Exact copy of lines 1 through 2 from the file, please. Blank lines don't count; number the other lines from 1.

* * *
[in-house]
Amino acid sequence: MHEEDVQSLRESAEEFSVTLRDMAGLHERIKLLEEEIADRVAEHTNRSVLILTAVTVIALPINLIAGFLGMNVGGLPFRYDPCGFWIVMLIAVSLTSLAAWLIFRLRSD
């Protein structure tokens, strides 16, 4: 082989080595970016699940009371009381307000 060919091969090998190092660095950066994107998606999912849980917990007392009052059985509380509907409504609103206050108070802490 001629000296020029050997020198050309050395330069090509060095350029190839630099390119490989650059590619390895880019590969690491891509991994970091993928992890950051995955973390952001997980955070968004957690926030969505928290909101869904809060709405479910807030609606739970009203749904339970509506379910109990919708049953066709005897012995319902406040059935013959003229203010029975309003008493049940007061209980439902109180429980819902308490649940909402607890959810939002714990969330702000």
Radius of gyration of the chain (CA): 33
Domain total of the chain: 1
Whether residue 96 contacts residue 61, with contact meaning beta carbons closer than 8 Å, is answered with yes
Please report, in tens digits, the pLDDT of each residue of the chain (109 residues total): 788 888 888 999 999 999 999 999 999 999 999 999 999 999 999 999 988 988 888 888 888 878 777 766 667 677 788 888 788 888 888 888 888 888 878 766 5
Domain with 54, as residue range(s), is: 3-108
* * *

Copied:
[in-house]
Amino acid sequence: MHEEDVQSLRESAEEFSVTLRDMAGLHERIKLLEEEIADRVAEHTNRSVLILTAVTVIALPINLIAGFLGMNVGGLPFRYDPCGFWIVMLIAVSLTSLAAWLIFRLRSD